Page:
The power of the largest hydroelectric plant in the country and emblem of the previous government, Coca-Codo Sinclair, does not reach Guayaquil due to the lack of power lines. Social conflicts with Tungurahua communities and financing problems have delayed the startup of 100% of the new 500 kV (kV) wiring.
Currently, the country’s transmission system has a capacity of 230 kV, which could be compared, for example, with a four-lane highway. The new 500 kV line, on the other hand, resembles an eight-lane one, which allows the energy to be transported with greater reliability.
The contract for this work was signed on July 26, 2013 and it covered a term of 1 185 days, so it has a delay of 730 days, that is, two years. The new electric highway crosses 12 provinces of the country and involves an investment of USD 677 million.
They are pending to conclude 6 kilometers in the canton Tisaleo, in Tungurahua. It is financed with fiscal resources and a loan from ExIm Bank of China. Gonzalo Uquillas, manager of the Electric Corporation of Ecuador (Celec), reported that the contractor, the public company China Harbin Electric, stopped work since July 2, due to the lack of payment of several payrolls for USD 25.2 million.
The problem arose, according to Uquillas, because the State notified China’s Exim Bank late to disburse a pending tranche of the loan. In the trip of the Ecuadorian authorities to China, last September, it was agreed to extend the financing agreement and access the disbursement. But these negotiations can take up to 120 days.
Therefore, and to expedite the restart of the works, Uquillas said that he has a plan ready to cover the outstanding value with Celec resources. The idea is to prioritize expenses and postpone projects that are not essential (such as consultancies). “The 500 kV line is a work of imperative necessity.
Not having it completed has a certain level of involvement in the production of Coca-Codo Sinclair, it demands to have thermoelectric generation -even in small amounts- in Guayaquil and it takes away the reliability of the country’s energy supply, “said the Manager.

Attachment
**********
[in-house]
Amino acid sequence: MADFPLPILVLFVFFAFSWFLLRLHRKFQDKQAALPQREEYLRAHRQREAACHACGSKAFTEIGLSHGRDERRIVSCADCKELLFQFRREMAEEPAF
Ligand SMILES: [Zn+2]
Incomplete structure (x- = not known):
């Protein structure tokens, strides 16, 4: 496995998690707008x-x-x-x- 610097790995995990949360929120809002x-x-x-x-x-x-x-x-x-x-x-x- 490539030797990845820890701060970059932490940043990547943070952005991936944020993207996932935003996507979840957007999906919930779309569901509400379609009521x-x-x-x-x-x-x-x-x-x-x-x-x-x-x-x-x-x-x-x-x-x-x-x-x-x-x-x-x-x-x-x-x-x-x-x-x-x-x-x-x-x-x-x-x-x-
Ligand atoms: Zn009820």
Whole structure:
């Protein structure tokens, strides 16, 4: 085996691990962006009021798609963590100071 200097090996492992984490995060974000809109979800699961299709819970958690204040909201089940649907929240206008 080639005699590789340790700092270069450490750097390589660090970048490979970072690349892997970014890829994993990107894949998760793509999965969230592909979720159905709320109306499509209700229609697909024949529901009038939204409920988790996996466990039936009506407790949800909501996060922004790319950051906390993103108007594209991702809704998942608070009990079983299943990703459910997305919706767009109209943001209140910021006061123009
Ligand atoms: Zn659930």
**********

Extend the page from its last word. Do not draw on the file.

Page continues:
With this, it is expected to resume work in 15 days and conclude the work in six months. In addition to USD 25.2 million, Celec requires USD 31.8 million for the line. Another problem is the rejection of the work by residents of the Chilco Luz de América, La Esperanza and La Alborada communities in the Tisaleo canton.
The Celec Company said that there is progress in the resolution of these conflicts. The inhabitants of the communities expect the agreements signed three months ago, through the tripartite agreement between Celec, the Provincial Council of Tungurahua and the Municipality.
According to Rodrigo Garcés, mayor of Tisaleo, Celec pledged to finance the asphalting of the 1.5-kilometer road that joins the San Francisco, La Alborada and Luz de América towns. The road was damaged, according to people from there, during the construction of the Tisaleo Substation. To this was added the delivery of medical equipment for the center of the area, the lighting and the replacement of a new drinking water network, as compensation to those affected by the installation of metal towers and the high voltage wiring that crosses through area.
Just 500 meters from Chilco Luz de América is the Substation that will receive the Coca-Codo energy. “When they spread the project they did not tell us the truth, that it would affect the health of those who are near the towers and our animals; they only told us they would cross.
They produce a sound that disturbs tranquility, “says Magdalena Verdezoto, who lives in the area. The sound is louder when it rains, says the woman, 70 years old. One of the towers passes 20 meters from her house, a house with block walls and roof made of zinc and tiles.
According to Garcés, he worries that “people were never informed” that they would have a permanent noise, especially when temperatures are low. The Burgomaster assured that the technicians were in a noise study in the area, but do not know if it was done. “It’s a pending issue,” he says. (I)